“Just getting in, man. Had a wild night. Buddies dropped me off over on the highway. You must be the new guy.”
“That’s me,” I say, chancing a brief glance at the open back of my truck. “Glad to have gotten in. Had a wild night myself, just outside of Winnemucca.”
My boss Amos, the Kid’s grandfather, told me this boy would steal from me the first chance he gets. And although he doesn’t look more than fourteen, he stumbles a bit before he plops himself down against the trailer wall wanting to know what I’m doing here. After all, Chiloquin has a small-town, tough-as-bricks, economically depressed methamphetamine reputation.
I knew a little bit, but not much.
Back in 54’ the Klamath Tribes faced termination of their tribal history after selling, or being stripped of, 1.8 million acres of land. They achieved the restoration of federal tribal recognition in 1986. Truth was, it was the spring-creeked ranchlands and timbered mountains that brought me here. Plus the job.
“That a fly rod case in the back of your truck?” he asks.
“Sure is,” I reply. “I do some guiding in the summers. Haven’t ever figured out what to do with myself in the winter. Was just about going to shoot myself if I spent another cold snap breaking ice out of the guides on days I wasn’t pounding nails. Figured I could use a change of scenery and decided to come out to Oregone.”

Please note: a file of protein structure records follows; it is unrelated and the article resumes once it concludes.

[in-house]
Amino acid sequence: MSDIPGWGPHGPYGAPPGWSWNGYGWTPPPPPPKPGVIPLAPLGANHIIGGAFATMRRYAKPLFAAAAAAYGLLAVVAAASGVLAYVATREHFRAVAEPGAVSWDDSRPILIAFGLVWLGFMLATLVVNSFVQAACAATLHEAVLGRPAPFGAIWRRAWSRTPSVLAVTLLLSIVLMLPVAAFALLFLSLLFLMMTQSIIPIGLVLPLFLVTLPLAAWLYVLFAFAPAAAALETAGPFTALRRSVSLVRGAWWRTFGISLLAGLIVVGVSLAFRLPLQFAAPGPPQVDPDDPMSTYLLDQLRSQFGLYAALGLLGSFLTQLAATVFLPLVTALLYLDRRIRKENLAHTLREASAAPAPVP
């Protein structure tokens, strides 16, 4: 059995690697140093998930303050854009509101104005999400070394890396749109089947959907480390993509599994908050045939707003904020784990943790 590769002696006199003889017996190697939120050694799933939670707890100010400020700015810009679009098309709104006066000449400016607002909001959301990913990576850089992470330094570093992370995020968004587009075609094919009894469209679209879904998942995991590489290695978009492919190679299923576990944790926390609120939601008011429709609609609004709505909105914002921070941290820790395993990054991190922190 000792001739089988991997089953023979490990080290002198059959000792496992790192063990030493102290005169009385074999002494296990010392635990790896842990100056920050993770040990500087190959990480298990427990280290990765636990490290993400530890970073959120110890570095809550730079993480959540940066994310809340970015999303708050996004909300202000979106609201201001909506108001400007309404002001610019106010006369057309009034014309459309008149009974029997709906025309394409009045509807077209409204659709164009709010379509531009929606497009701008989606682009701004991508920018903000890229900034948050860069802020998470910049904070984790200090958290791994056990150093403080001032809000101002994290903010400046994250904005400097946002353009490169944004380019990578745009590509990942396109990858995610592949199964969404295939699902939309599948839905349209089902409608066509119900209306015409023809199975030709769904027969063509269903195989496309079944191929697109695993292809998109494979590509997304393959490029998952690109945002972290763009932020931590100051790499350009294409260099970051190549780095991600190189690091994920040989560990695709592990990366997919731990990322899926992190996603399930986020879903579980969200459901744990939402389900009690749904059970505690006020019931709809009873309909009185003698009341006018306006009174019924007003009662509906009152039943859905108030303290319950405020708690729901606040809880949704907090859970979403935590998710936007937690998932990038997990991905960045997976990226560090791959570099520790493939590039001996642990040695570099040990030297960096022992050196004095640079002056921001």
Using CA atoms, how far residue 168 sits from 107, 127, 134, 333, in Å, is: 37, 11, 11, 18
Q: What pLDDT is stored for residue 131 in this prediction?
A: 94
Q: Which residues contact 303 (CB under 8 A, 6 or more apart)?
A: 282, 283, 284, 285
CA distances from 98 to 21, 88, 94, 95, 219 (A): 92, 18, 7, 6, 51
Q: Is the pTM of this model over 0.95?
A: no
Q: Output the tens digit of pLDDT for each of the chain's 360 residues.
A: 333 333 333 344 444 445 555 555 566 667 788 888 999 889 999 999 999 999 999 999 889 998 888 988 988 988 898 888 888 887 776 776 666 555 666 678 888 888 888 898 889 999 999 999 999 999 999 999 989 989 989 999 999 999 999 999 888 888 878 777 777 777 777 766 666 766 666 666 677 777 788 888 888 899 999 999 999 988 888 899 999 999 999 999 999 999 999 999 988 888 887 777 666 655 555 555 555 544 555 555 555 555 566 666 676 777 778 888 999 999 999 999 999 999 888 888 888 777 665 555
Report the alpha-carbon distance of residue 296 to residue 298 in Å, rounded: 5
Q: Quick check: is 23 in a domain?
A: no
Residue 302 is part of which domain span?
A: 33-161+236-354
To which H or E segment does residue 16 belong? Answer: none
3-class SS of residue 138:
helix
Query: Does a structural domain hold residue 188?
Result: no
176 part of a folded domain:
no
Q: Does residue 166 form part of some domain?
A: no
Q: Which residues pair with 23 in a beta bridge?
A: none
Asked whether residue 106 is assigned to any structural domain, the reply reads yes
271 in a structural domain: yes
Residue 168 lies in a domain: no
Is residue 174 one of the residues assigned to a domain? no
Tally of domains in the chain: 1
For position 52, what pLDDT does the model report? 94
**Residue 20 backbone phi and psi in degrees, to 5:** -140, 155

“Oregin,” he quickly corrects me. “Oregin.” I say.
“We’ve got a few ponds full of trout in the back pasture. We should go fish.”
“I gotta’ finish unpacking.” I say.
“Sounds good,” I reply.
Turns out the Power Lung Kid can talk. Barely thirteen his favorite past times are getting drunk and getting high. When I ask him about school he responds:
“Won’t let me.”
“I’m crazy as shit. Got kicked outta the middle school, too many fights. Then went to the alternative school and got kicked outta there, too. Caught smoking weed down by the creek when I was supposed to be in class, or something. They’re all lame anyway. Right now I just do what I want until my dad figures out what to do with me.”
When we finish unpacking the back of the truck he leaves as abruptly as he came. “Gotta go. See you around.”
“See you around.” I say.
That night, just before heading off to bed and hitting the lights, I pause for a breath or two near the bathroom, which is within leaning distance of the stove, which is within leaning distance of the front door. My heart pounds in my chest as I flip the deadbolt and head to bed.
Next morning I’m woken from sleep by someone pounding on my front door.
“Be there in a minute,” I yell, dressing and wiping the sleep from my eyes. What the hell. Expecting Amos, the Kid’s grandfather, to finally greet me or maybe Joe, the Kid’s dad, I walk from the bedroom, through the small living/dining area covered in yellow pine, past the two-burner kitchen, to the front door.